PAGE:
To the editor,

I took a drive to Lowville recently, just to see the wind turbines. These wind turbines, which have been in place for years, are impressive: majestic and very quiet. Cows graze around them. They have become a familiar part of the landscape.

I understand that the wind farms also bring clean energy for the town, and school financing. Oswego County could use that kind of economic investment, too, and I think we’d find wind farms just as congenial a neighbor as Lowville does.

I would like my County Legislator Mary Ellen Chesbro, who is vice chair of the standing committee for economic development and planning, to be just as enthusiastic about renewable energy as I am, and to make sure we get some large-scale renewable energy projects here. Such projects would bring us major benefits like tax and lease payments as well as the family wage jobs other communities across New York state already enjoy.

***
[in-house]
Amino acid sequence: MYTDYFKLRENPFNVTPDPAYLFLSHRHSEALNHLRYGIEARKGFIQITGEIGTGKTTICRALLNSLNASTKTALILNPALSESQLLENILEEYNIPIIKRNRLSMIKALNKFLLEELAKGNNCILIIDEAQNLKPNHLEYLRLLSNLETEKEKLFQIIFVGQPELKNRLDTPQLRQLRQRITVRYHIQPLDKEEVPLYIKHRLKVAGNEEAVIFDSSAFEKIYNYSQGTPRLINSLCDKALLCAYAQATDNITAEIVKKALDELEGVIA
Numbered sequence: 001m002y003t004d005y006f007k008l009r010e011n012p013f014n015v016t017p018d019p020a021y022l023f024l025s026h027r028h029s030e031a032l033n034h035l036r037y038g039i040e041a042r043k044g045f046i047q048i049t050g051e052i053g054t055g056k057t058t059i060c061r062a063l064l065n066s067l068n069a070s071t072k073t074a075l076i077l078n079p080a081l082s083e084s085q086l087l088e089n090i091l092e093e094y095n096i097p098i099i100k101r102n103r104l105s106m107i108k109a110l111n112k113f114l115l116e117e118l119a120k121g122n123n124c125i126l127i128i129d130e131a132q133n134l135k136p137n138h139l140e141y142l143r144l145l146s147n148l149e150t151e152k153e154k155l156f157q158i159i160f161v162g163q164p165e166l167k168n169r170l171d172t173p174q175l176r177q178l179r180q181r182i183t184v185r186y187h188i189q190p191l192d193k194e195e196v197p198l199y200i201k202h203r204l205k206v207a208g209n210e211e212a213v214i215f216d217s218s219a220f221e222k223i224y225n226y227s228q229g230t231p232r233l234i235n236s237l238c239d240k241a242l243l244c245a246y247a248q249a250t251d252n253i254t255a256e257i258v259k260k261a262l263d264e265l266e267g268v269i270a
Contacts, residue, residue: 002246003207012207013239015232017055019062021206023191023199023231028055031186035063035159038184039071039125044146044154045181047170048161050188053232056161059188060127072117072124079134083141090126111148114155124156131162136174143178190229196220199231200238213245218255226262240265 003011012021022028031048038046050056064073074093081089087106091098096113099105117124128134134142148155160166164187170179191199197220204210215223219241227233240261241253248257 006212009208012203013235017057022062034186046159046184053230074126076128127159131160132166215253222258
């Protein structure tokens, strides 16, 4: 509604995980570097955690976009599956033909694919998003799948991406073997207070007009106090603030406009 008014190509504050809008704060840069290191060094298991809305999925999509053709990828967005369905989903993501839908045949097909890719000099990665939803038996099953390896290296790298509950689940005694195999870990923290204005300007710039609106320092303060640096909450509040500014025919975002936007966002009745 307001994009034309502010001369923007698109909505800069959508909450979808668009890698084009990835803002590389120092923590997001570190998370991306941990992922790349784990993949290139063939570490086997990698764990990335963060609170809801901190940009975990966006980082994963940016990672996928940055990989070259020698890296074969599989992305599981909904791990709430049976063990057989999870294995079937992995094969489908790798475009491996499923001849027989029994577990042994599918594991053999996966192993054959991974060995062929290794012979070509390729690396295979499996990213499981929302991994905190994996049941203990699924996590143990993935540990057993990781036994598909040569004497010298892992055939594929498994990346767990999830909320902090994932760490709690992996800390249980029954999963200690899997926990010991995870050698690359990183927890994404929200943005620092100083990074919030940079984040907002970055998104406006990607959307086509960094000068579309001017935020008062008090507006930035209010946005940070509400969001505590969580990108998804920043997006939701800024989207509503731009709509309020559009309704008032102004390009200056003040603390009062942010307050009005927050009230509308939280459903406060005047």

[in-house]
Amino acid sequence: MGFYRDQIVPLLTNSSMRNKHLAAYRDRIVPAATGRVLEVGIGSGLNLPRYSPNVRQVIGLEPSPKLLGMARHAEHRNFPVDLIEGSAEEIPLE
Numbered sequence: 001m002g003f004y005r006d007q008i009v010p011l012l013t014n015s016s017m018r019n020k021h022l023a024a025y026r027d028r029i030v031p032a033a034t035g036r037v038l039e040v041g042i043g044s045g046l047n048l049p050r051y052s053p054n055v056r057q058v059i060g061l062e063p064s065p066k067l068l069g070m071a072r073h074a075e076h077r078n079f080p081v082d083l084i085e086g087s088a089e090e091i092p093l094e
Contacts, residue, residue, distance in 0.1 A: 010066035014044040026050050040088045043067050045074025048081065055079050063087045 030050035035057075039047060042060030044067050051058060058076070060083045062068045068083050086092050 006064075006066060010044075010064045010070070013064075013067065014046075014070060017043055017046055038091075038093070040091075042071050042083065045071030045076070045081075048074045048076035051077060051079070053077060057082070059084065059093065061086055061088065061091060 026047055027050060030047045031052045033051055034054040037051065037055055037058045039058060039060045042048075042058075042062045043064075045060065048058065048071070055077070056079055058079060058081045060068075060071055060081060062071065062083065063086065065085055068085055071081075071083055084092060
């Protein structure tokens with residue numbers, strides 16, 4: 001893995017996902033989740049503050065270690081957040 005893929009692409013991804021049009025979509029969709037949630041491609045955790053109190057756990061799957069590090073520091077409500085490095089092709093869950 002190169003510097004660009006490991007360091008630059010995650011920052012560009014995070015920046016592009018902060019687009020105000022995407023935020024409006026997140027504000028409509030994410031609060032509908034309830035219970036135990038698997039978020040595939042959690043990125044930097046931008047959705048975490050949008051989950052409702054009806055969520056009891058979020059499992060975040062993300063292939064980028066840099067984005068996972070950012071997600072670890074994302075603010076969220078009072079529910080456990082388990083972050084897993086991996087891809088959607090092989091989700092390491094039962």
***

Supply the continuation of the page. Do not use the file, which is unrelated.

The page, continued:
County Legislator Chesbro and her colleagues could help in another way, by supporting the new Office of Renewable Energy Siting, which would quickly unlock the economic benefits of coming renewable energy plants. ORES replaces the current arcane bureaucracy, and is designed to preserve local participation. With ORES, a five to ten-year approval process is shortened to one year.

If New York communities don’t speed up renewable energy development, they risk losing out on investment to other states and Canada. Meanwhile, we must meet state goals to move us off fossil fuels. Our County Legislator should be leading Oswego County to a renewable future, and bringing renewable energy projects home.

Charlotte Arcadi


(2) comments


It's refreshing to see the big solar project on Route 3 near the Volney Fire Department, but solar doesn't work in the dark and that's where wind comes in. With our position at the eastern end of theGreat Lakes we can enjoy prodigious amounts of clean, cheap, job-producing wind power by investing now. Both individuals and local governments play a role in expanding a non-fossil fuel source for the grid. Single families, or even neighborhoods can be encouraged to buy their own small and medium sized turbines by providing incentives for professional installation while large scale wind farms can off-set the tons of CO2 being produced by burning fuels.


You have heard of "batteries" right?

..just checking.

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